- Special Pages
The toughest challenge of new Lebanese Prime Minister Tammam Salam will be to shield his fragile nation from the disastrous fallout of the Syrian conflict and bridge divisions between the country’s Sunni, Shia and Christian communities. The conflict in Syria between mainly Sunni rebels and Alwite President Bashar Al Assad has driven deep wedges in the inter-communal relations in Lebanon, which haven’t been rosy even in the best of times.
Salam was named prime minister by politicians after Najib Mikati resigned as premier. His election was not difficult. Salam is a Sunni Muslim, as all prime ministers must be under the country’s confessional distribution of power, but he is known for his calm demeanour conciliatory approach. He is close to the Western-backed March 14 coalition, but what made him acceptable to the March 8 bloc led by Hezbollah and its Shia and Christian allies was his non-confrontational style and his family’s previous differences (Salam’s father served six times as prime minister in the turbulent years leading up to Lebanon’s civil war) with the Hariri clan, which dominates the March 14 coalition. Druze leader Walid Jumblatt said he is ‘an absolute moderate’ explaining his support for him.
After the nomination, Salam has pledged to bridge divisions between the country’s three dominant communities. It will not be easy, but he is the most qualified in Lebanon to perform this task.
Salam also said he will seek to shield Lebanon from the Syrian tragedy, which has sent 400,000 refugees spilling over into a country of just four million, triggered street battles in the northern city of Tripoli and hit Lebanon’s economy. On Syria, the new prime minister will have to tread cautiously. For decades, Syria has held sway in its smaller neighbour and any change of government in Damascus or a further deterioration or continuation of the crisis there will have huge consequences for Lebanon.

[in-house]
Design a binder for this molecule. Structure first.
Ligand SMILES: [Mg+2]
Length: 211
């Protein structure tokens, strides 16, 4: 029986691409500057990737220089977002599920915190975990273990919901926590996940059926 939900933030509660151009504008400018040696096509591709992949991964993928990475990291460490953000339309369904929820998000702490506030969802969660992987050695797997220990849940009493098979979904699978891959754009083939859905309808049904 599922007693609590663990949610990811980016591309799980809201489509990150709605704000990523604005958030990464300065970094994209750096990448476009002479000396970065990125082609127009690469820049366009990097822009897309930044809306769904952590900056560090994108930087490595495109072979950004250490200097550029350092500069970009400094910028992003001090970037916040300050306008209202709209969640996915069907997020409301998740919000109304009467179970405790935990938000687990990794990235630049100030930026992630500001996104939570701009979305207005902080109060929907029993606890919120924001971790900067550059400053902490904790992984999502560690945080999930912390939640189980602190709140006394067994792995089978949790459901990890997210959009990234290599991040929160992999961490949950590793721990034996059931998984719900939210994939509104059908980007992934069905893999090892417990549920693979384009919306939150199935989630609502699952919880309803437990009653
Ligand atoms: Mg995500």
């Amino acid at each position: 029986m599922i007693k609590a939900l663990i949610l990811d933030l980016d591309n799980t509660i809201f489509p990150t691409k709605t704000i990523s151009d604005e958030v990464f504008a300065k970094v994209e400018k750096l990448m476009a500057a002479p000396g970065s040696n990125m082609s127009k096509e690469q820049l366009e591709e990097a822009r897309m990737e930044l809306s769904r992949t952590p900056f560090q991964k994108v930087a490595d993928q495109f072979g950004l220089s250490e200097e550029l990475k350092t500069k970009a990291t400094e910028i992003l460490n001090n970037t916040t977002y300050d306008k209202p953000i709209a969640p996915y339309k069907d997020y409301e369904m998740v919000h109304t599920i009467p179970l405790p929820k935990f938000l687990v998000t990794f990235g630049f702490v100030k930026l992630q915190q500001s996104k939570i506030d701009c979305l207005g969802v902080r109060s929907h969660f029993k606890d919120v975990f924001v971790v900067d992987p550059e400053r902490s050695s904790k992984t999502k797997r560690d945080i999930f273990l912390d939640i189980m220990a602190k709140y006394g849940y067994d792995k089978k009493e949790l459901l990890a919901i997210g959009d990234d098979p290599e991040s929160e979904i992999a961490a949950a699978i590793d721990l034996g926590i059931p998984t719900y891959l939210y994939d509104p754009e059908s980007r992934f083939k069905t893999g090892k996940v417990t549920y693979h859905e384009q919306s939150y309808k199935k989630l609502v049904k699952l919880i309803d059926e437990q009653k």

Assembling a cabinet is another major challenge. Mikati took five months assemble a ministerial team and according to some reports, Salam could also take months to put together a cabinet. Former premier Mikati’s two years in office were dominated by efforts to contain sectarian tensions, violence and economic fallout from the Syrian conflict. The new prime minister will be struggling with the same troubles. He will have to perform the trapeze act of satisfying all sides. The best course of action would be to steer clear of the conflict in Syria though the pressures will be huge to side with one group or the other.
Salam also needs to prepare for a parliamentary election which is due in June but faces delay. Rival Sunni, Shia and Christian politicians have failed to agree an electoral system under which the election will take place.•